Before this Saturday’s Auburn game kickoff, campus visitors in red and black and UGA STEM researchers will mingle on the lawn of the Miller Learning Center. Starting at 3 p.m., they will have conversations over reptiles from the Warnell School of Forestry and Natural Resources and butterflies from the Odum School of Ecology. They will learn about the science of concussions, and they will pilot remotely operated vehicles at the ECOGIG booth.
And when kickoff approaches and the MLC lawn empties as fans make their way to the stadium, both the football fans and the STEM researchers will know a little bit more about the academics and athletics thriving in Athens—both points of pride at UGA.
Campus visitors drawn to Athens for football games do not always have cause or opportunity to learn about the research taking place at the university. In 2017, Reni Kaul, a Ph.D. candidate at the Odum School of Ecology, noticed a disconnect between the people who come to UGA to cheer on the football team in Sanford Stadium and the academics in science, technology, engineering and math—the STEM disciplines. And in doing so, she recognized an opportunity.
Kaul founded STEMzone UGA in 2017 to help STEM students and organizations on campus share their research with football tailgaters heading to the stadium to cheer on the Bulldogs. Following in the footsteps of “Science at the Stadium,” the interactive program pioneered by Samantha Joye, UGA Athletic Association Professor of Marine Sciences, and the ECOGIG research consortium, STEMzone offers plenty of hands-on family-friendly activities. Last year’s inaugural event was a success, and volunteers and attendees recognized the unique communication opportunity STEMzone afforded.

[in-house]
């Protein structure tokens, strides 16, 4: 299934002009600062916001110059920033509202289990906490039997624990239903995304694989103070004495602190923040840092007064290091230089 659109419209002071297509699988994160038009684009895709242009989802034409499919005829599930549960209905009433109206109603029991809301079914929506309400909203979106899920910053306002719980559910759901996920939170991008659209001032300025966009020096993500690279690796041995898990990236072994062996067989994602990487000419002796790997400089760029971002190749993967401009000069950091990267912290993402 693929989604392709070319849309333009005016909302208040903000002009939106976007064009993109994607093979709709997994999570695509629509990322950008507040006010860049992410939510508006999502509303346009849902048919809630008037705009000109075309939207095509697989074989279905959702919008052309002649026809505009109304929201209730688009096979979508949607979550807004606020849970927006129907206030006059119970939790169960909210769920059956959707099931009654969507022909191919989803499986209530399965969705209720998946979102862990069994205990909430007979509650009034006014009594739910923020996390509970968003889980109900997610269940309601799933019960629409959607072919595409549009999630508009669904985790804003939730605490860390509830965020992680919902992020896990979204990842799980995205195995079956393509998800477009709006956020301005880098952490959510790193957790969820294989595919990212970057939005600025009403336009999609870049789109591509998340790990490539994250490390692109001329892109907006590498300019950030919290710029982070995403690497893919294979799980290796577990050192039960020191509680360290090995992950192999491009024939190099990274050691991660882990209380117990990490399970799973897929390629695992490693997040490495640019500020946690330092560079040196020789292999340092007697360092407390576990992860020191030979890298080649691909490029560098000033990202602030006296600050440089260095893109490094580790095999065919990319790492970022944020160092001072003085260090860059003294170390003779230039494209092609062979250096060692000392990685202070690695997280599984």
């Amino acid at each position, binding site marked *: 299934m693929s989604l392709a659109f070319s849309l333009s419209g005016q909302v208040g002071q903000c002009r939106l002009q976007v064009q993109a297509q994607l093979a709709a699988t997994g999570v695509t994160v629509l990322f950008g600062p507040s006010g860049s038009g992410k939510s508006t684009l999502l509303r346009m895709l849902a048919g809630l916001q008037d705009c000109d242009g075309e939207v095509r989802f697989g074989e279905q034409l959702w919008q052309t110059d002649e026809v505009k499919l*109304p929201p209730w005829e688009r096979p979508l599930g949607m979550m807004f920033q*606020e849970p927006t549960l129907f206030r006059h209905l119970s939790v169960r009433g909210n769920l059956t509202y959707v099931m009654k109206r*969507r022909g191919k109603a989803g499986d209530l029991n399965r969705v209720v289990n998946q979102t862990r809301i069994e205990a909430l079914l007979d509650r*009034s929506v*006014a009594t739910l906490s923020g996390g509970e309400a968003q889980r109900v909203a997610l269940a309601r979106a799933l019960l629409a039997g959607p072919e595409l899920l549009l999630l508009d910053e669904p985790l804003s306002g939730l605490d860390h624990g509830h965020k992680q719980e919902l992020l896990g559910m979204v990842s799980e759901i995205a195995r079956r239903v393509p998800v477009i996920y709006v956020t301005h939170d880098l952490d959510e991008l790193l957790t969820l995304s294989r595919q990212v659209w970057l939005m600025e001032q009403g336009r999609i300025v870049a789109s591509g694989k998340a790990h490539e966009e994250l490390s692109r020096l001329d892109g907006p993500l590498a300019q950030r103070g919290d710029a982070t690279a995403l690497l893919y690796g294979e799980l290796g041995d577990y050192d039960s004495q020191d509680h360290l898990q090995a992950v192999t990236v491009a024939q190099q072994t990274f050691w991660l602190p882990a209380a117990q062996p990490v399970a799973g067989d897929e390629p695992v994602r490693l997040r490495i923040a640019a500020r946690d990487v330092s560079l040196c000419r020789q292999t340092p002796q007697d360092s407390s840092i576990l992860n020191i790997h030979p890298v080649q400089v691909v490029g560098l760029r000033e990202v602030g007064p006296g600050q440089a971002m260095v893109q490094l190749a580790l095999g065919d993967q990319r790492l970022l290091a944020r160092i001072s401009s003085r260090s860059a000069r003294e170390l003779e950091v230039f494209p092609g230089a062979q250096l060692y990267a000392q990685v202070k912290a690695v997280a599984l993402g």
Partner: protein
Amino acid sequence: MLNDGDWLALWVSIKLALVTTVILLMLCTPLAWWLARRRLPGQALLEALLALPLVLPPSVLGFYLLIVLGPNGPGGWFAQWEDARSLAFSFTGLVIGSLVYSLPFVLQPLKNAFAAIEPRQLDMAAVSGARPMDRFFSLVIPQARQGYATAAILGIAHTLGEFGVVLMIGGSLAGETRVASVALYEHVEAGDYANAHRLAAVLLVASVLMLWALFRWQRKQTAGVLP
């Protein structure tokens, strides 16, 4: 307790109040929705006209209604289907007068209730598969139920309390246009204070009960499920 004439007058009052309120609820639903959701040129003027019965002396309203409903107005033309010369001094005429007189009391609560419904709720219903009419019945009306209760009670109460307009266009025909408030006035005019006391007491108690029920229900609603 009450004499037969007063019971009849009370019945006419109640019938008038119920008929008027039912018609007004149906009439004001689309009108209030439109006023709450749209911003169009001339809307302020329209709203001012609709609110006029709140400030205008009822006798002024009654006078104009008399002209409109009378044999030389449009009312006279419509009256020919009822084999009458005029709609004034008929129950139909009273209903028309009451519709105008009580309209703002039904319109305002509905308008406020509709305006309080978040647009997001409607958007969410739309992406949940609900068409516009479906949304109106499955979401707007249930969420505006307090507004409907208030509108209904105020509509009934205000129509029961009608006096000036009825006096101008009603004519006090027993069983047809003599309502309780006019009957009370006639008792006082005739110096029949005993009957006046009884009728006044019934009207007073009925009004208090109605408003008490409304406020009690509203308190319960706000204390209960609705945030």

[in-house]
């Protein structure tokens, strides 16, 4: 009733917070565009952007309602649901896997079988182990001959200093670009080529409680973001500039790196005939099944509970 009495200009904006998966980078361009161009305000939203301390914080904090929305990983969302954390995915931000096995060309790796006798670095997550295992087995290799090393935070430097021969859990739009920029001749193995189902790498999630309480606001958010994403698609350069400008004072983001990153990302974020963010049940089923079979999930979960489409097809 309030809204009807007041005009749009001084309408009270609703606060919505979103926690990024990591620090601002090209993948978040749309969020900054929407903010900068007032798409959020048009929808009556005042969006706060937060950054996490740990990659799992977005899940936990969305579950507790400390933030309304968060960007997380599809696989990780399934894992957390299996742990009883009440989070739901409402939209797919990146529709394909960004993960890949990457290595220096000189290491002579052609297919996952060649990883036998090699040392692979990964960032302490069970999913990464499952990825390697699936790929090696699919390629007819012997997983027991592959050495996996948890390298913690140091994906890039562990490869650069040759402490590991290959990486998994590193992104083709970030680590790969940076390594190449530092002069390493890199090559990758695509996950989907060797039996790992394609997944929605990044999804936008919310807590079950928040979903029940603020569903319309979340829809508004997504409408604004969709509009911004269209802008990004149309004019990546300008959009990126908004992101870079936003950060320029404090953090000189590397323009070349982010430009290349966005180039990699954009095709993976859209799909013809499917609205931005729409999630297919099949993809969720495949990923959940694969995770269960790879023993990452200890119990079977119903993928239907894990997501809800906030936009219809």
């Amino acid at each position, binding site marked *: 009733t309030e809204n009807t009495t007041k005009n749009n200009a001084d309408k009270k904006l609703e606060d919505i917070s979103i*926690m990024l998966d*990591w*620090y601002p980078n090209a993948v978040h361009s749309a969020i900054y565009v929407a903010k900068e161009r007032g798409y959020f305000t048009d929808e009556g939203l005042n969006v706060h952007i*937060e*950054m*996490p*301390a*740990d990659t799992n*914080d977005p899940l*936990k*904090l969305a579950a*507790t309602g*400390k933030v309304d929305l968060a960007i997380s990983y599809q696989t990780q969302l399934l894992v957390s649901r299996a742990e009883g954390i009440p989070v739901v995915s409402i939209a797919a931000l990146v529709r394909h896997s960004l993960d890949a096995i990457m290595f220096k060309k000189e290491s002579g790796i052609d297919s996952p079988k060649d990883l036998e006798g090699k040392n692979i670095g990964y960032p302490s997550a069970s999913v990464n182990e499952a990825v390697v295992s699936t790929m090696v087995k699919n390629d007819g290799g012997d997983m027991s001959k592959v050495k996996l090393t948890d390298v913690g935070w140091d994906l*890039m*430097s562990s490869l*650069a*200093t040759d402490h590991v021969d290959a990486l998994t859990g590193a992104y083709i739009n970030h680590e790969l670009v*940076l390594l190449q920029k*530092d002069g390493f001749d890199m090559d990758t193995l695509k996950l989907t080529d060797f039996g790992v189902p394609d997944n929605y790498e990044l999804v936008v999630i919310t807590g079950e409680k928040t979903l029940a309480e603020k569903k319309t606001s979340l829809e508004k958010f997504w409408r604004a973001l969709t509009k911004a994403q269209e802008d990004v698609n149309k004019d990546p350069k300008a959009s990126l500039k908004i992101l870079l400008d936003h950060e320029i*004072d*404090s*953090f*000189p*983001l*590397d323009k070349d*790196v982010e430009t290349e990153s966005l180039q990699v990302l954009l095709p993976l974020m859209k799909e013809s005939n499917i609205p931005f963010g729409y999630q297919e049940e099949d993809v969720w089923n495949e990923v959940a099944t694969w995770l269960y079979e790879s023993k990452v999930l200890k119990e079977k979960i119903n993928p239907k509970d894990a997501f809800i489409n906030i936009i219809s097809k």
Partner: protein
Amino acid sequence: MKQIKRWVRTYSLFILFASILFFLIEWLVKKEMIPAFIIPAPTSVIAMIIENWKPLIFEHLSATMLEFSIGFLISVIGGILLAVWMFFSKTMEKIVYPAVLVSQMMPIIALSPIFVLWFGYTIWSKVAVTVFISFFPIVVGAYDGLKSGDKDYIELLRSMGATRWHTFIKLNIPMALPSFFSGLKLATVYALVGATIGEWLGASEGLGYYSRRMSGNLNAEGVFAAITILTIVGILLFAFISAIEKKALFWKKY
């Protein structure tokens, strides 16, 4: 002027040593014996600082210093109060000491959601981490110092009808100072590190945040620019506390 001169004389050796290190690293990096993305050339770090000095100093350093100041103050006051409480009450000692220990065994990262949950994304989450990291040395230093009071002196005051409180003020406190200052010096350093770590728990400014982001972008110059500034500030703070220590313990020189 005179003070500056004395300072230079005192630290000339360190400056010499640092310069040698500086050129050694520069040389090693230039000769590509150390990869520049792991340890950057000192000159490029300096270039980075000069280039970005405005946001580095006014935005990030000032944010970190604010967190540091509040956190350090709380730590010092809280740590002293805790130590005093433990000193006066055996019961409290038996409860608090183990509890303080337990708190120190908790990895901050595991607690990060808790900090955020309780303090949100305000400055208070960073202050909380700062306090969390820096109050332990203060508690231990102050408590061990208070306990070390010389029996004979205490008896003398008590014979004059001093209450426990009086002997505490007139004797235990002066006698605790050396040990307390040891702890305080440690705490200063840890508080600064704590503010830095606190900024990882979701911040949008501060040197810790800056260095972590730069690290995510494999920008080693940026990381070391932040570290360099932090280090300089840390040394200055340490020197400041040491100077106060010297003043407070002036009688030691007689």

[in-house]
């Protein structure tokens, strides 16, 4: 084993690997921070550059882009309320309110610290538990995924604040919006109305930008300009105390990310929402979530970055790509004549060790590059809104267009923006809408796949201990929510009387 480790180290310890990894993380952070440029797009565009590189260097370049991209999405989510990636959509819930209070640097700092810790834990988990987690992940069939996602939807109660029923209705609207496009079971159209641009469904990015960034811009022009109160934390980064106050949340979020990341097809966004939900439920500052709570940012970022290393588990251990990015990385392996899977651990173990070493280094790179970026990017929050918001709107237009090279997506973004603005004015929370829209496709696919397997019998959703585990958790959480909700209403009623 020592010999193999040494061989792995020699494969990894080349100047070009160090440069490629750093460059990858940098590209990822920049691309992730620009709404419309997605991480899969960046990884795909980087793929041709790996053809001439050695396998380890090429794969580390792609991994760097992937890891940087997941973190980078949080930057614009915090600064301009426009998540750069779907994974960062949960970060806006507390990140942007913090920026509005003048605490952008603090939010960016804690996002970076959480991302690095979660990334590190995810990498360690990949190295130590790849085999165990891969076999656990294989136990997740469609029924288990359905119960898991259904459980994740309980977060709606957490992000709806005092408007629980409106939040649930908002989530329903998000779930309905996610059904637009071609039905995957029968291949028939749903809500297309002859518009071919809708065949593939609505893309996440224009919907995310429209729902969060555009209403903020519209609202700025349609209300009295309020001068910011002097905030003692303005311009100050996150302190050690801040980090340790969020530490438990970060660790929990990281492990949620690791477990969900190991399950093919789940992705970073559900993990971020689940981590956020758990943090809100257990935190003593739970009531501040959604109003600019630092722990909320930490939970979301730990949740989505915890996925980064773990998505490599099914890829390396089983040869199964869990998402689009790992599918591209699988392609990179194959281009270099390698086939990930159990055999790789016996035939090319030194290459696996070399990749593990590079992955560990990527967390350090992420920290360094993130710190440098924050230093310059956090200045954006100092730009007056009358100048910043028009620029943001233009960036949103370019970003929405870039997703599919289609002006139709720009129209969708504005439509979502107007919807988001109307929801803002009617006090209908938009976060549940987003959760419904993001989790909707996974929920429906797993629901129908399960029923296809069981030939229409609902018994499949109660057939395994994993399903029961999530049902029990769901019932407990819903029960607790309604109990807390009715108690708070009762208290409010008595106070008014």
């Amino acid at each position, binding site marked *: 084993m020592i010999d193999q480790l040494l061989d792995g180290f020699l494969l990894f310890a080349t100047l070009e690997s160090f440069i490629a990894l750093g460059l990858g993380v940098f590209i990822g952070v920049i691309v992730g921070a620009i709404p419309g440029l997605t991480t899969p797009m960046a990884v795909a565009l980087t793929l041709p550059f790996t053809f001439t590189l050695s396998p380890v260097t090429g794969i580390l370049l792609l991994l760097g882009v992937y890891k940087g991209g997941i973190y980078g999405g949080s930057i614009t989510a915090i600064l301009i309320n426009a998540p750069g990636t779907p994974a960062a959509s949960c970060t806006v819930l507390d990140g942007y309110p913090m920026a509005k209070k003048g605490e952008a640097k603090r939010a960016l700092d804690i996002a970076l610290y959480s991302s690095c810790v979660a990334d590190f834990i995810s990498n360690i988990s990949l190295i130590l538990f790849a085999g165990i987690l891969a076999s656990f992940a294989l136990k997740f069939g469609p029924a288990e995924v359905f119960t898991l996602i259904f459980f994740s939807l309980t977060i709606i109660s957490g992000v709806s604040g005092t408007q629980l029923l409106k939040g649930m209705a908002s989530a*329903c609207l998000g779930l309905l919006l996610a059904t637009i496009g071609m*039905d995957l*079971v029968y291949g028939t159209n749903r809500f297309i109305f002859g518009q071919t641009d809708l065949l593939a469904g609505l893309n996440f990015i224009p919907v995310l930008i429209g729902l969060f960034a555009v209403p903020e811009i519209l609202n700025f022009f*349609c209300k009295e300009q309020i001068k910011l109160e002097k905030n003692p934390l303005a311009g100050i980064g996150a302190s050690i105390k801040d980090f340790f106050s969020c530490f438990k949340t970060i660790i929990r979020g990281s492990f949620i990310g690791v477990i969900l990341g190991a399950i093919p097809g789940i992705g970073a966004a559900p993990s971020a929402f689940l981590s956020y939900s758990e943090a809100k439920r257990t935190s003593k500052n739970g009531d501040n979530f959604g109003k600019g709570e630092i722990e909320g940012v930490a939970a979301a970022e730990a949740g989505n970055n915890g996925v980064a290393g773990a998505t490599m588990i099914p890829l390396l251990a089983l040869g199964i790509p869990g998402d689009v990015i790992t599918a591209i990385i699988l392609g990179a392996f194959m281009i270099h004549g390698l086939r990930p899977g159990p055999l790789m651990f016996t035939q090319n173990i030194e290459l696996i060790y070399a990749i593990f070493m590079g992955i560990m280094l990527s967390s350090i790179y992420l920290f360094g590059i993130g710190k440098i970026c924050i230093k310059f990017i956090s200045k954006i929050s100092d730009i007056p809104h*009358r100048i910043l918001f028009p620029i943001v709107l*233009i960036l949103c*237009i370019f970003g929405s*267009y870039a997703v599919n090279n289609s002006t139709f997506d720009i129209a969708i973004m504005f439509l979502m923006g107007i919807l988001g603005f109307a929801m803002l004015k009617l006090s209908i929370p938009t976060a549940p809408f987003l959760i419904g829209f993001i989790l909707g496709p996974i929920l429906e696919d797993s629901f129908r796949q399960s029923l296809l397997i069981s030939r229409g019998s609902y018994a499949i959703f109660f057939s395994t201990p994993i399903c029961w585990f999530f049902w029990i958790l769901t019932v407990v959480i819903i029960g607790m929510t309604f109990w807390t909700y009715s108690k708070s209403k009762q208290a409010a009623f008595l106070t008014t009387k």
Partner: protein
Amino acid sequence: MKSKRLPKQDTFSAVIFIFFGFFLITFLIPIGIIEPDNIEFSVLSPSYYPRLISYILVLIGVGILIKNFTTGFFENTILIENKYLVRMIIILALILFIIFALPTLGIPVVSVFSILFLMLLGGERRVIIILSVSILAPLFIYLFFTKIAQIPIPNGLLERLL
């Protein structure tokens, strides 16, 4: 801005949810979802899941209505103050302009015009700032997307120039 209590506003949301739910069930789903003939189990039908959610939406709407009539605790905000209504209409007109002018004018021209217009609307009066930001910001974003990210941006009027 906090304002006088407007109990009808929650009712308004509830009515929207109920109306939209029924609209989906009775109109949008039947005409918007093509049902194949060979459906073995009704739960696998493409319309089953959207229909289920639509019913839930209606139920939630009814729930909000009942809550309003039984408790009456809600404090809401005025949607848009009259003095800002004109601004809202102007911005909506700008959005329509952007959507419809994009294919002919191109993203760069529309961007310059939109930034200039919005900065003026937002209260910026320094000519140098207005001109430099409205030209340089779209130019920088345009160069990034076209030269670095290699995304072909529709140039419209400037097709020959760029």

Caitlin Conn—a Ph.D. student at the Odum School of Ecology—prioritizes this type of science communication, and she has been a volunteer with STEMzone from its inception.
“Scientists want others to know how our research fits into our greater understanding of the world and how it can be used. Events like STEMzone provide opportunities to engage with people we might never come into contact with otherwise—not to tell them everything we know, but to meet them where they are and exchange ideas,” Conn said.
Events that focus on communicating UGA’s STEM research to campus visitors are particularly important at a time when increased resources are being devoted to improving campus STEM facilities. UGA has embarked on a two-phase project to grow its STEM facilities, with the first costing $34.8 million and slated for completion in September 2021. David Lee, vice president for research at UGA, emphasized that financial investment in these buildings is reflective of UGA’s investments in those who will research here and the work they will produce.
“UGA is committed to having state-of-the-art STEM research and education programs that attract the best and brightest faculty and students, drive innovation and economic development, and encourage solutions to today’s pressing challenges,” Lee said. “Attracting the best talent and building impactful programs requires state-of-the-art facilities. And, more than ever before, today’s science requires that researchers with different expertise come together to work on cross-cutting solutions. The new STEM facility is designed with these needs in mind.